The gap between knowing and acting
When even Facebook researchers struggle to be heard
Welcome back to fresh weekly issues of Finding Out! I so appreciate you sticking with the newsletter while I was taking a break, and hope you've gotten to rest and have fun, too. Now on to this week's issue. —V.
Buried a thousand words into a Wall Street Journal article is a small, two sentence paragraph.
Some Instagram researchers said it was challenging to get other colleagues to hear the gravity of their findings. Plus, “We're standing directly between people and their bonuses,” one former researcher said.
The article in question describes what people at Facebook know about how Instagram affects teens. It compares information from company slide decks and emails and other documents to what executives have said in public. And it finds the comparison lacking.
The company has indeed gathered and internally shared data that indicates teens (and others) are negatively impacted by their use of Instagram.
I happened upon the story via New York Times investigative reporter Jodi Kantor's Instagram account—an irony that she noted in her post's caption. But she described the article like this: "This morning the @wsj dropped this devastating story proving that the company has full knowledge of how it harms teenage girls."
What stood out to me from her description was not how social media can affect its users. We've known for ages that seeing too much of the good and not enough of the real in other peoples' lives can skew our perception of our own lives. Even if it is never discussed on company time, there are sure to be Facebook employees who have seen these results in their personal news consumption.
Instead, I was interested in the core of Kantor's sentence: “the company has full knowledge.”
The phrasing brings to mind the strange way that the legal rights of companies are often handled, called “corporate personhood.” It pretends that messy, hierarchical groups of people are instead a single “corporate person.” I'm sure the concept makes legal arguments more logical, but the idea has always made me uneasy. I know I've never encountered an organization where every or even half of the people there were unified enough to create a whole, artificial person.
Looking through the WSJ article, I had to conclude that the knowledge of the corporate person called “Facebook,” indeed, wasn't particularly “full.” I suppose the disparities between the documents and what the execs say might make a reader angry or even surprised.
I was not surprised, because I've been where I can only imagine that the anonymously cited researchers have been—I've experienced just how seemingly easily our peers and managers and executives can disregard research findings. The deadlines feel too urgent, or a stakeholder is too important to change what's already been decided.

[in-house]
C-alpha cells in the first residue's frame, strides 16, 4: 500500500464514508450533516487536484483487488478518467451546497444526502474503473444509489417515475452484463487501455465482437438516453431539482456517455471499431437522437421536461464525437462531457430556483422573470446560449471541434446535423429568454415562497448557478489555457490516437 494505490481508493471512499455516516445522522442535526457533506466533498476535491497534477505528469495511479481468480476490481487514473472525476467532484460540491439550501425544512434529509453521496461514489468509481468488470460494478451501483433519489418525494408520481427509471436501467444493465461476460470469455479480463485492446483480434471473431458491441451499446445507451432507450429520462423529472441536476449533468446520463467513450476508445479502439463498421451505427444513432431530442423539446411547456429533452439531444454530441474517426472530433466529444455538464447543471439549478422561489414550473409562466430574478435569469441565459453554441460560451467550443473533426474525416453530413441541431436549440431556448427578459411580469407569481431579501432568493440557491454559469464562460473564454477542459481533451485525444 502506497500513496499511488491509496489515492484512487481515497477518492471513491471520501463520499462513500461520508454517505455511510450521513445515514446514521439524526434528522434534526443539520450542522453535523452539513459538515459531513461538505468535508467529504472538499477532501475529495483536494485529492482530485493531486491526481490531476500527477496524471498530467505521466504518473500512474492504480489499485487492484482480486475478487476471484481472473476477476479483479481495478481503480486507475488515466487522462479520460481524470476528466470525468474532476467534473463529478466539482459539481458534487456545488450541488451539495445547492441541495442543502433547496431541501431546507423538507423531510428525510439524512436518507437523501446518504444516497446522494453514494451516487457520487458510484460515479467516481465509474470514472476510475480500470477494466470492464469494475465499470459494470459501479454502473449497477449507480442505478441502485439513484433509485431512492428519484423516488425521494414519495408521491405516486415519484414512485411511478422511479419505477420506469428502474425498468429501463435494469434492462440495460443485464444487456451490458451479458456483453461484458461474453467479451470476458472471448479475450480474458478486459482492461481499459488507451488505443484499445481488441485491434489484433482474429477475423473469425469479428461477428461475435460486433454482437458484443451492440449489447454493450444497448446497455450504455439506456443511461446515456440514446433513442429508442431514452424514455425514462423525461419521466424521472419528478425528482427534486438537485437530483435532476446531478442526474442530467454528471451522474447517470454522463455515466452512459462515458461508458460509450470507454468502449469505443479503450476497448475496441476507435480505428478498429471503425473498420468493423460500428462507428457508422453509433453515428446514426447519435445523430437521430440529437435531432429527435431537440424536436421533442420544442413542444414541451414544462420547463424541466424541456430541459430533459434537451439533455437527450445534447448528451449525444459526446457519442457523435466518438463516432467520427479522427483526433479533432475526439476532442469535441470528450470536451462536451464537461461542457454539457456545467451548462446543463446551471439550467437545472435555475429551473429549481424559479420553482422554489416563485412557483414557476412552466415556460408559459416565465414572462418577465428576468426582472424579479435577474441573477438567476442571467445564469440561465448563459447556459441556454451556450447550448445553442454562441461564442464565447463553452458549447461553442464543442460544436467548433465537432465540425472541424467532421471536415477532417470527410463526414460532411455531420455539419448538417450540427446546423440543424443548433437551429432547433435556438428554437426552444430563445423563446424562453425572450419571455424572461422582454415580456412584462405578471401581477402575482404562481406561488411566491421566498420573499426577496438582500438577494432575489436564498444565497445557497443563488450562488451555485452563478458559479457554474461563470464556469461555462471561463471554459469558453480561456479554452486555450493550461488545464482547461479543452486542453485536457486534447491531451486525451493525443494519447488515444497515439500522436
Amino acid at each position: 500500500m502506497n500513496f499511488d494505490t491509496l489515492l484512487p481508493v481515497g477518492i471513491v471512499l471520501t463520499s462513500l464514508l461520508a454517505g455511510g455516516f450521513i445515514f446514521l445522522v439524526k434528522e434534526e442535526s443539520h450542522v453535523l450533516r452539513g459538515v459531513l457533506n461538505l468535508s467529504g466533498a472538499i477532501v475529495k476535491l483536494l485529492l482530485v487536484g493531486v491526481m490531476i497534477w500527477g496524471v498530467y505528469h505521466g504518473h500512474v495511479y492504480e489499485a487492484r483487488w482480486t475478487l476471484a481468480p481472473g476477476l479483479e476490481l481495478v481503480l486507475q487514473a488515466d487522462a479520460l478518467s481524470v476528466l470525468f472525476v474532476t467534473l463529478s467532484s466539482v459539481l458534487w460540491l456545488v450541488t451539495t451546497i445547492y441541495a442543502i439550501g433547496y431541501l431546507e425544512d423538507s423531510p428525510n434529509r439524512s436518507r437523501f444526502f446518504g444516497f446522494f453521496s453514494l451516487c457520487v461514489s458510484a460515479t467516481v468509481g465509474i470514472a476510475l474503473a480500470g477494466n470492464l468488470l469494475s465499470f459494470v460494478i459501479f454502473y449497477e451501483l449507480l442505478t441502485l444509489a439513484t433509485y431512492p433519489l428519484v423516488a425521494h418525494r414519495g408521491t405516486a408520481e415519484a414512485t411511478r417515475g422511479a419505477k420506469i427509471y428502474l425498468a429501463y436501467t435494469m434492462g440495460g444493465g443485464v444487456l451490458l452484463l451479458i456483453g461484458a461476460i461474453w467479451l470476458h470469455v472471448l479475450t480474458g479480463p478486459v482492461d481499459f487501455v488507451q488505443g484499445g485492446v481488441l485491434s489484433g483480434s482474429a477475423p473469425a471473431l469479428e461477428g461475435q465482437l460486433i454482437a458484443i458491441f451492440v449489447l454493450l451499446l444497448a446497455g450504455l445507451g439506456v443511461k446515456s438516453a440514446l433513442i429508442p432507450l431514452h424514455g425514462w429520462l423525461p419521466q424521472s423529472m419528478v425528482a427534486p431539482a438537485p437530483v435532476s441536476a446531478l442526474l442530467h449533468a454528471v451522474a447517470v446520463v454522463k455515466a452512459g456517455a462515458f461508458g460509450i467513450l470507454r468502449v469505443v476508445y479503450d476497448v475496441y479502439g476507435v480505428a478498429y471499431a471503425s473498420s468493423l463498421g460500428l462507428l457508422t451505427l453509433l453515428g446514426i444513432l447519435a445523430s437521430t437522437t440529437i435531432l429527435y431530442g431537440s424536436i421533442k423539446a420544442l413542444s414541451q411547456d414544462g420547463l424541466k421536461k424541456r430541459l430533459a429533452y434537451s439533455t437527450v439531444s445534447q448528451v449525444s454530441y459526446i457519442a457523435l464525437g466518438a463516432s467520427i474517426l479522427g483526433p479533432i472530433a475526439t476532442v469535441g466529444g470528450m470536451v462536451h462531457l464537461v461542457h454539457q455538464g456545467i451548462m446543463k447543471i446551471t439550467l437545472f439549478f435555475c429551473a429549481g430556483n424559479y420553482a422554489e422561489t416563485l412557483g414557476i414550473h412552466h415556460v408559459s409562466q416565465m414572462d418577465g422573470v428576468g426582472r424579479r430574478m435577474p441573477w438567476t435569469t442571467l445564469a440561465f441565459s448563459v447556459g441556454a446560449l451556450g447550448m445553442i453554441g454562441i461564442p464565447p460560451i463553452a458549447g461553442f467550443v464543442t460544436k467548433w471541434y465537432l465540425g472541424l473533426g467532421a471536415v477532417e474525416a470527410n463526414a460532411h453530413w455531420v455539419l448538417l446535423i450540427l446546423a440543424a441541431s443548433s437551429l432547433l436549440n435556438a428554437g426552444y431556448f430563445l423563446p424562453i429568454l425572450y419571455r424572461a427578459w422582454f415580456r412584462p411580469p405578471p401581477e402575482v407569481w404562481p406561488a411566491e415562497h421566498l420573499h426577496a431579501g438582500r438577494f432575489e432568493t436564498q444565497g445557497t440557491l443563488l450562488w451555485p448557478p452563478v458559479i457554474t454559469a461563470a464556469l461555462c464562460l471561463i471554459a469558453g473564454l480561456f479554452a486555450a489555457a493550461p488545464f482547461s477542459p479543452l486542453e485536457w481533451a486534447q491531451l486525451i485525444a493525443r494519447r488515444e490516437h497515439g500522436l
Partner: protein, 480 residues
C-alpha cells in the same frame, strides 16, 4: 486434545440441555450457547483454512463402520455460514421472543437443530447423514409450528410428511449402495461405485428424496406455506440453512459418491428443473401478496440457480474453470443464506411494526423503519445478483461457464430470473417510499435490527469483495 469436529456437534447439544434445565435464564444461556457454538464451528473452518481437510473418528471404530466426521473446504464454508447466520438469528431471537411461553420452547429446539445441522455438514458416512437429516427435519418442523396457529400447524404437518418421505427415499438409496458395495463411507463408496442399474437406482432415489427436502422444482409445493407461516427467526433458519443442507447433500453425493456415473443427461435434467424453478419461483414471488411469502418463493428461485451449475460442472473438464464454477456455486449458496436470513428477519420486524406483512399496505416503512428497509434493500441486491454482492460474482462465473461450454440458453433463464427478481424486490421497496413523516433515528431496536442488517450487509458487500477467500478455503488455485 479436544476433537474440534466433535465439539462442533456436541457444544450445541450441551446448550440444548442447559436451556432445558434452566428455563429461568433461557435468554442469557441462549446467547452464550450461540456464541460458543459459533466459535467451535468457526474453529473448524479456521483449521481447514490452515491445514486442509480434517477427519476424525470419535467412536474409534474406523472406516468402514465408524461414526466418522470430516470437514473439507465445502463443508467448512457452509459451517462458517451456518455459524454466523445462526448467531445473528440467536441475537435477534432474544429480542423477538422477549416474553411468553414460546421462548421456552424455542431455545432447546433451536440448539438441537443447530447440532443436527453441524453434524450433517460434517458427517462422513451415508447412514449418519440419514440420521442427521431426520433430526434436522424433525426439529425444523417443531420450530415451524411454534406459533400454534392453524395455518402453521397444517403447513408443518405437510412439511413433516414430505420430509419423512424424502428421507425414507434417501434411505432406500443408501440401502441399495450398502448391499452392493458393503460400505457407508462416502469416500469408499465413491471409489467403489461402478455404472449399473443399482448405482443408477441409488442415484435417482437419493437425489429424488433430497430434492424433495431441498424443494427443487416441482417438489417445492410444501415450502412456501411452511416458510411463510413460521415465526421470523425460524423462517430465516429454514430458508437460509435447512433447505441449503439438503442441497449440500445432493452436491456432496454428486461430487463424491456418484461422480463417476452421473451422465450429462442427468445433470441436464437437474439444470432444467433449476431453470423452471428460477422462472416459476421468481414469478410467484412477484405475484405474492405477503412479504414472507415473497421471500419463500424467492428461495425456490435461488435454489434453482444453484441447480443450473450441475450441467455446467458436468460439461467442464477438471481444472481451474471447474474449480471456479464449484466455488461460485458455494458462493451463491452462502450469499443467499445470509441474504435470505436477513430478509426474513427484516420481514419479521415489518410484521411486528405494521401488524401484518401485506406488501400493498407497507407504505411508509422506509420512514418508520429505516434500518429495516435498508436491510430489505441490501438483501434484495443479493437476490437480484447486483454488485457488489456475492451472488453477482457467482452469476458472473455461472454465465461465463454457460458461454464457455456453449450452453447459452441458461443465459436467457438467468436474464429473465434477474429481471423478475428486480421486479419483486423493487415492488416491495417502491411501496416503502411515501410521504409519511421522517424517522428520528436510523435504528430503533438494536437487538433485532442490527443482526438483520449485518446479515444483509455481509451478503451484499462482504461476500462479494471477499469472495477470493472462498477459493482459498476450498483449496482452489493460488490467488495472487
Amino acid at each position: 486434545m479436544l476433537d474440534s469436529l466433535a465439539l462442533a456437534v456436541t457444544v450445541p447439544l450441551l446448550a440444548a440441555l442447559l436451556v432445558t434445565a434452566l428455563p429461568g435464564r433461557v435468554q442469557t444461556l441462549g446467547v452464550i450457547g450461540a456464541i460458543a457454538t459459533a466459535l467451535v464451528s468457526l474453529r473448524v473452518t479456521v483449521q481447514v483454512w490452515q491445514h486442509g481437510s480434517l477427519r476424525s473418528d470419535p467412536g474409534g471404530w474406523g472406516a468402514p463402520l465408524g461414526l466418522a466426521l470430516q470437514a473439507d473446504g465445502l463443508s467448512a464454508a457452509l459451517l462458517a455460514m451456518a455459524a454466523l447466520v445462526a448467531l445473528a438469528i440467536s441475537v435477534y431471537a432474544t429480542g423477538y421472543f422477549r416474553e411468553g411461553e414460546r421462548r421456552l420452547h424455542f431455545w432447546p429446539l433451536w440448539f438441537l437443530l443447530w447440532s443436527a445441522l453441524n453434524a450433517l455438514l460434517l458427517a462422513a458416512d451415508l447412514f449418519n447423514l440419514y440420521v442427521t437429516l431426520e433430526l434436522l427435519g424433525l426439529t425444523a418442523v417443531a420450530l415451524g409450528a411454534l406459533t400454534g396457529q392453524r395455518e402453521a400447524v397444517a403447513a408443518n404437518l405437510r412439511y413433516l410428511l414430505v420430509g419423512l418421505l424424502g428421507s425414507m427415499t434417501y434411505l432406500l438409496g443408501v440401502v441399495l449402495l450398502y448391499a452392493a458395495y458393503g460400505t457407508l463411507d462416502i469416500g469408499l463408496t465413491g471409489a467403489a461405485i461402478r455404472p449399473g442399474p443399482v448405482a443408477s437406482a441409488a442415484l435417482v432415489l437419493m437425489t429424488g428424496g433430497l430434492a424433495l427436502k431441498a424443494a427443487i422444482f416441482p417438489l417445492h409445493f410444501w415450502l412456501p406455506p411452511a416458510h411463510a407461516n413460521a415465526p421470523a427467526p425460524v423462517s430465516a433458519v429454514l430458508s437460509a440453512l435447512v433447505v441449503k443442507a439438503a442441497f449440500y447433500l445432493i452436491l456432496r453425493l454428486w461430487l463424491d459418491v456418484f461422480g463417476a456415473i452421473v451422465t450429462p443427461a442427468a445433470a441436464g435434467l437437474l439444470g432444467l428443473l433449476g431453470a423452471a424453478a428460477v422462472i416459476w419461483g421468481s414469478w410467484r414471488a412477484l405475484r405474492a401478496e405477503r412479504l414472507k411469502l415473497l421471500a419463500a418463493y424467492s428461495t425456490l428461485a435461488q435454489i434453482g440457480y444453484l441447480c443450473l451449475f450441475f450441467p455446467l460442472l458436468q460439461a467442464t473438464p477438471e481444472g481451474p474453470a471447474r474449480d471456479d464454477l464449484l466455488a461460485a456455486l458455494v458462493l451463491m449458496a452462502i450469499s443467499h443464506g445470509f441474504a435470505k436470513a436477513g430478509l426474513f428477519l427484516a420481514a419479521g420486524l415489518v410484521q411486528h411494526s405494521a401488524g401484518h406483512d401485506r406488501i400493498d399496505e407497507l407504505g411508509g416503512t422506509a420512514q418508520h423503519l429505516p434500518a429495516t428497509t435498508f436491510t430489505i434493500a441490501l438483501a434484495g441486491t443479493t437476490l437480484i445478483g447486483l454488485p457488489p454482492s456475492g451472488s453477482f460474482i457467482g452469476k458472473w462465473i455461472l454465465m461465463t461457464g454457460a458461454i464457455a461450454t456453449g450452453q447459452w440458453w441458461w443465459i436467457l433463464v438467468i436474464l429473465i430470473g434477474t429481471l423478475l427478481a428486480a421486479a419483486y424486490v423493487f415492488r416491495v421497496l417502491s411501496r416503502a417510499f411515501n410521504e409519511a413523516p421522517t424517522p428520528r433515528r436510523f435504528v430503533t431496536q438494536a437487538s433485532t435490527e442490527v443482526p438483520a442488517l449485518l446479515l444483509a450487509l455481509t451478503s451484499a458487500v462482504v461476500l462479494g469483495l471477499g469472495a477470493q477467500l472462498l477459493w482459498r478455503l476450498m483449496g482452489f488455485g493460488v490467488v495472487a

I'm not angry, at least not for the reason that the article suggests, because the part of Instagram that shames some teenage girls doesn't stem from the technology itself, per se. The problem stems from culture, and that the people who build the technology do not choose to counteract that culture. Some Instagram users choose to post only positive parts of their lives not because Instagram lacks fun filters (as is suggested by someone in the article), but because of so many aspects of our culture: toxic positivity, diet culture, and grind culture, to name a few.
The culture that these teens are trying to navigate, it’s the same culture that affects how the people inside Facebook collaborate. Instead of writing a piece with the headline, “Facebook Knows Instagram Is Toxic for Teen Girls, Company Documents Show,” I might have written one headlined, “Facebook Researchers Operate in the Same Culture as Teenage Girls on Instagram, Anthropologist Concludes.” Perhaps it's not as eye-catching, and I'd have to find the anthropologist first, but I expect she's out there.
Facebook executives, of course, have not been quiet since the WSJ article came out. They make valid points about the value and the limitations of research, and they provide more context for the cited findings, and they make cases for why research recommendations can’t always be immediately implemented.
While I hope these representatives of Facebook are speaking from what they think is best and I'm sure that the WSJ journalists shared what they thought was most important to know, I can’t help but long to hear more from the anonymous researchers who said they had a hard time being heard. I see my own career struggles in the tiny paragraph that mentions their struggles. The piece focused on what was known, and not on how decisions were made—that focus reinforces my concern that too many of us are being distracted from the origin of these problems.
Knowing research findings does not compel a person to do the right thing. A person must go beyond comprehension and choose to do what their experts recommend. Making that choice is most likely to happen when our coworkers make decisions the same way.
The culture we study and the culture we inhabit are one and the same. If we are to build products that protect our users, we have to change our workplaces.
Mentioned in this issue: Wall Street Journal article, “Facebook Knows Instagram Is Toxic for Teen Girls, Company Documents Show;” Jodi Kantor’s Instagram post about the WSJ article; articles by Facebook execs: “What Our Research Really Says About Teen Well-Being and Instagram” and “What the Wall Street Journal Got Wrong.”